618-622-3600 Toll-Free 800-624-4571 twyatt@kujawskiassociates.com
When you go to a friend’s house, to the store or to an amusement park, you have the expectation that you will be reasonably safe. That is, no one should consciously put you in harm’s way. If there have been potential dangers such as a dog liable to bite or a bridge that has grown increasingly weak, the person responsible has identified the risks and taken care of them. Or so that is how it should work in a perfect world.

The reality is not as clear-cut. For example, an employee may have spotted a potentially dangerous stray dog roaming the outskirts of amusement park property and notified management. However, one person may have expected another to call animal control, and no one ever made the call. Likewise, if a customer spills water at a store, one employee who works in stocking might tell no one about it because he or she thinks that another employee will spot the puddle soon and take care of it. Ultimately, the store has failed in training its employees to address potential hazards quickly no matter their position.

So, what can you reasonably expect from a property owner in terms of safety?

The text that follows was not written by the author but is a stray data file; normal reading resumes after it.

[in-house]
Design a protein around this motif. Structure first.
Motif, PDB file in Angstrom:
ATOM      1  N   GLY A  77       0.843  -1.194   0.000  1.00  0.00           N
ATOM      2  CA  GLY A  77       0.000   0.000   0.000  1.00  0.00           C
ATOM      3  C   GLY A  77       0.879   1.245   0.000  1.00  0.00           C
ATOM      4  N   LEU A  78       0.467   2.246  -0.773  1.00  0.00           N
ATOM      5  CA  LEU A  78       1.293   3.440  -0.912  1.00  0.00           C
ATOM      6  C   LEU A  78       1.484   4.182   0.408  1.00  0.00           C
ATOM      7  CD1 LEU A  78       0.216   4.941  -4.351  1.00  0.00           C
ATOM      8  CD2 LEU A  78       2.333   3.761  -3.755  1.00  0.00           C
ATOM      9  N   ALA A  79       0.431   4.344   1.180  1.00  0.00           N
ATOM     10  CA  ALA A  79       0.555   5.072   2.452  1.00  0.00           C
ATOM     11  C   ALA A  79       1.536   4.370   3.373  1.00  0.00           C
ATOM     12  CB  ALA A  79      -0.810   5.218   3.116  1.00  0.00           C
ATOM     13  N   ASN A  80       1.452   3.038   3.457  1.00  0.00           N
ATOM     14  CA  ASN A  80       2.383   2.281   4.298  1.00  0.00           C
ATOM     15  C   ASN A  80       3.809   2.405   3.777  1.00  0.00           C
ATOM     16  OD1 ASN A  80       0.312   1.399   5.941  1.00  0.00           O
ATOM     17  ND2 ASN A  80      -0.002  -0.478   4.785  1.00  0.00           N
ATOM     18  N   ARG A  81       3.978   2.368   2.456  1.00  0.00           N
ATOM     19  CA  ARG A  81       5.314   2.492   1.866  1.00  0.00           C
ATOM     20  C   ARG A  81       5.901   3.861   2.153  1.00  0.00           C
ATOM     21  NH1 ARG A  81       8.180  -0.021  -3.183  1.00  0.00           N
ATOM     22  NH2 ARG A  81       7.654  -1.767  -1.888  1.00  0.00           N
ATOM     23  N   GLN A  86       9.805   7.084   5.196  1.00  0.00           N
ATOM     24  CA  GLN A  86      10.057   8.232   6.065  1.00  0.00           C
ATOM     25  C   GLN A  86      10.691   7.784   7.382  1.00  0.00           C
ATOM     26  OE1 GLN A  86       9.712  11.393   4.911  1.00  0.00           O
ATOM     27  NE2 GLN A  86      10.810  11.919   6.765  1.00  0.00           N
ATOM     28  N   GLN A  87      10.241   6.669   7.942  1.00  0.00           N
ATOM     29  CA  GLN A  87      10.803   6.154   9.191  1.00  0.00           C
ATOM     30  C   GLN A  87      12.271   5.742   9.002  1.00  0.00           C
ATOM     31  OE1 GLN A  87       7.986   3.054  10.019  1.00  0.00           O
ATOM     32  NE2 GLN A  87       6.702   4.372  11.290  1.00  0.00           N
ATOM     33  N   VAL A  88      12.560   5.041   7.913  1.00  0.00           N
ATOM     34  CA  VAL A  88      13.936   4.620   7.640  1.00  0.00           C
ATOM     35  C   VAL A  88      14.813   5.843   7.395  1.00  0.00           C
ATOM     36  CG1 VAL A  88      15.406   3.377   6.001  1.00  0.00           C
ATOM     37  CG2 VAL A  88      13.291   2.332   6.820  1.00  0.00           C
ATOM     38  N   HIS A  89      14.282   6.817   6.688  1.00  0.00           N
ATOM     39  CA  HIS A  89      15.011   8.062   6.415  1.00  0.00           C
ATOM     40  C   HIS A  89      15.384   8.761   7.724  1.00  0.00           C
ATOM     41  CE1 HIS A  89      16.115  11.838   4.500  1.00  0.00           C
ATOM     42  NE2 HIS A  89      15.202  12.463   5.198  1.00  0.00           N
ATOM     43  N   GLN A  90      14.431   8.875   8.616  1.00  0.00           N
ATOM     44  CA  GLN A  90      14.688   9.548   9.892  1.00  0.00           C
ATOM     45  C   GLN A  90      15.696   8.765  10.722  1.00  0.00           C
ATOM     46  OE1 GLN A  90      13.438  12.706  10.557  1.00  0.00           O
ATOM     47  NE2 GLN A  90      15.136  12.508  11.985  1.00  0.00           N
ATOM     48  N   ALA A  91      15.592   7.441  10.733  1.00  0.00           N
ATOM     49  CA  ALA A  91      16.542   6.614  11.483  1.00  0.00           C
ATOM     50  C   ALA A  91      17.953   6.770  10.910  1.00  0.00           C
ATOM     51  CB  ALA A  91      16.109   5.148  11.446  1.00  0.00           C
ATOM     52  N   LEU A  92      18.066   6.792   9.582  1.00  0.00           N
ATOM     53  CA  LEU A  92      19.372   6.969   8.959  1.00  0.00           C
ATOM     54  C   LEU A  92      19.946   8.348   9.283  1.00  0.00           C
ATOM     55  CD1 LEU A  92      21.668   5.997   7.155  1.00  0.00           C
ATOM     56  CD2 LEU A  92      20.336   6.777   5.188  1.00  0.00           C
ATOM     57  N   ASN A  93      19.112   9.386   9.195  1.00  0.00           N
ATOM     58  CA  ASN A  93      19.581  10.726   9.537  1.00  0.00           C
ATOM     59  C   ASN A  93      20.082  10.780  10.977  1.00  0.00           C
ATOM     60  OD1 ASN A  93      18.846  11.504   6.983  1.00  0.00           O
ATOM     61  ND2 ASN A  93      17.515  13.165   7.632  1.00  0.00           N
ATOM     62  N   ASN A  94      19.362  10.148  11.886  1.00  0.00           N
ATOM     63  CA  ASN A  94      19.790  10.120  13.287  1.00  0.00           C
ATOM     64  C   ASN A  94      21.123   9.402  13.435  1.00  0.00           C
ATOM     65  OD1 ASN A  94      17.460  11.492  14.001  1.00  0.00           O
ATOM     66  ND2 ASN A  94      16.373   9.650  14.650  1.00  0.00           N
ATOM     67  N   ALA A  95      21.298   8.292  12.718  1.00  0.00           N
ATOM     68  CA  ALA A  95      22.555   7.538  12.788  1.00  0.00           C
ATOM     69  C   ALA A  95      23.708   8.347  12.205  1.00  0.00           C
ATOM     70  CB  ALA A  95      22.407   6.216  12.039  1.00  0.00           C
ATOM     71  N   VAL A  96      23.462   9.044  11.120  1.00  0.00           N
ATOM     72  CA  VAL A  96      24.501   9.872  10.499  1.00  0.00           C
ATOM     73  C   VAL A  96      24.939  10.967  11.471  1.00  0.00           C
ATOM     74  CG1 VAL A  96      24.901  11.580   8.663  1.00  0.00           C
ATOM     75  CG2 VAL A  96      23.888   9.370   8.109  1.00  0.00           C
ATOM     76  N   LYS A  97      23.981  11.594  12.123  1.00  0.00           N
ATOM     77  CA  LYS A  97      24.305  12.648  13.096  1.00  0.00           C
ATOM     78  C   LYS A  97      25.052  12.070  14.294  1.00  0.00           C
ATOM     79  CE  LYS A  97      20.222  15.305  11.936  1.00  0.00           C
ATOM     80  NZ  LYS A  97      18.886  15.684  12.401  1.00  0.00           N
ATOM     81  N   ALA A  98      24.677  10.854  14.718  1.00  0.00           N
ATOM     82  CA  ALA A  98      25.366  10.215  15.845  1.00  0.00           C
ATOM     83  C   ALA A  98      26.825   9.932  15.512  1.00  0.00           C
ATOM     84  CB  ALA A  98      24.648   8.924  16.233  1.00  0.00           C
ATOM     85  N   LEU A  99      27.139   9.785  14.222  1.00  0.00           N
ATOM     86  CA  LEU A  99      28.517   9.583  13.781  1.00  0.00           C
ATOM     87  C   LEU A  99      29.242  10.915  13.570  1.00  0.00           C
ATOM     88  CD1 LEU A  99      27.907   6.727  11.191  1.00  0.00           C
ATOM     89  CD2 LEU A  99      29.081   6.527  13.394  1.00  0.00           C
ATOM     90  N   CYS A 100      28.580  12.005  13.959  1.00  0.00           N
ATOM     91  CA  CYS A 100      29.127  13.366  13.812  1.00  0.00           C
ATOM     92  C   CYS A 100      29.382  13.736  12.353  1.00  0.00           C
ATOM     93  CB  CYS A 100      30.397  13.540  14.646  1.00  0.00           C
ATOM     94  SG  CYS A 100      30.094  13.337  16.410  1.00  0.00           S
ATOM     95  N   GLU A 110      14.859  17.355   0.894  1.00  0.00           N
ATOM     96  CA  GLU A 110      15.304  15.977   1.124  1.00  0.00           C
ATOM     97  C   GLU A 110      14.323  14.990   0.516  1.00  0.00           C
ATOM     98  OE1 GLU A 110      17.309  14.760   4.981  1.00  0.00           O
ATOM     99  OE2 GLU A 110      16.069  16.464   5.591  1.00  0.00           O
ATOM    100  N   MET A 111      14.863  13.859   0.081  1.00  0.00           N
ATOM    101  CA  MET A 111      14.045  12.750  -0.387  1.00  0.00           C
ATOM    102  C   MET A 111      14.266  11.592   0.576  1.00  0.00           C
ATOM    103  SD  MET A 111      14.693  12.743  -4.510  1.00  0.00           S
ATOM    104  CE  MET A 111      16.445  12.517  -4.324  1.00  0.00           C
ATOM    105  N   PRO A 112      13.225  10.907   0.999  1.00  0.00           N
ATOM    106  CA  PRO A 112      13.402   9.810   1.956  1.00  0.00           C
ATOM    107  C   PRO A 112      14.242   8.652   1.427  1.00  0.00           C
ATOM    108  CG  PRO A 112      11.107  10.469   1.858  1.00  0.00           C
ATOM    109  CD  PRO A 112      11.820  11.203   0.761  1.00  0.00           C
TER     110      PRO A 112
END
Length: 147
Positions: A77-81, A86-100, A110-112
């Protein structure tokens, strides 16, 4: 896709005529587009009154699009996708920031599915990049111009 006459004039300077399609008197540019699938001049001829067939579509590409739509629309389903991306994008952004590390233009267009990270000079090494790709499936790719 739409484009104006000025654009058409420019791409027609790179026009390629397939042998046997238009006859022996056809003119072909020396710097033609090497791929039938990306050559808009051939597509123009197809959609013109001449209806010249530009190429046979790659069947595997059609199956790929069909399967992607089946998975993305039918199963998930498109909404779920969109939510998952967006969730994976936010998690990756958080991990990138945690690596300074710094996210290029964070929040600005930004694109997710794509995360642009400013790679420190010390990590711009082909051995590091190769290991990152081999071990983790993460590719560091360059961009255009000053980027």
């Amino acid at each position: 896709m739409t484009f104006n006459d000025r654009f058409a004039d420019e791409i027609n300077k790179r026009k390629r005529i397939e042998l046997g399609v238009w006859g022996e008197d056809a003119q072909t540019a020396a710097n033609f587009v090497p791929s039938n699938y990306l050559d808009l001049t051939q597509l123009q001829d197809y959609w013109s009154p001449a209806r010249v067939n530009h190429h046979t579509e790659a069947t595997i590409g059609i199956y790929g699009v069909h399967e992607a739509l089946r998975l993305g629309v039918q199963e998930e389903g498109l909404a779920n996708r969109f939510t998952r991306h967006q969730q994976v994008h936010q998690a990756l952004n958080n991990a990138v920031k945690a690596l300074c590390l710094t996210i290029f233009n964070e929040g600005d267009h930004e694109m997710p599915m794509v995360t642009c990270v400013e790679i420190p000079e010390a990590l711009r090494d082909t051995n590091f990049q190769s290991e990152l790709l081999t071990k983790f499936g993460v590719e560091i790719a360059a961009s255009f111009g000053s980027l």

If it is a business property

On commercial properties, including those of people working from home, you should expect the following:

• Employees who have received safety training
• The existence of a safety policy
• Safeguards such as locks and fences around potential attractive nuisances
• Clearly marked hazards (for example, temporary “wet floor” signs)
• Guest safety rules (for example, “no running around the pool”)
• Adequate lighting
• Potential risks addressed as soon as possible

If it is personal property

Personal property can include homes and the insides of apartments, although landlords can be responsible for common spaces and, in some cases, for the interiors of apartments. In any case, safety expectations on personal property include the following:

• Safeguards such as locks and fences around potential attractive nuisances
• Warnings about potential risks such as a dog
• Infrastructure such as stairs or sidewalks in adequate condition

The above is not a comprehensive list but should give you an idea.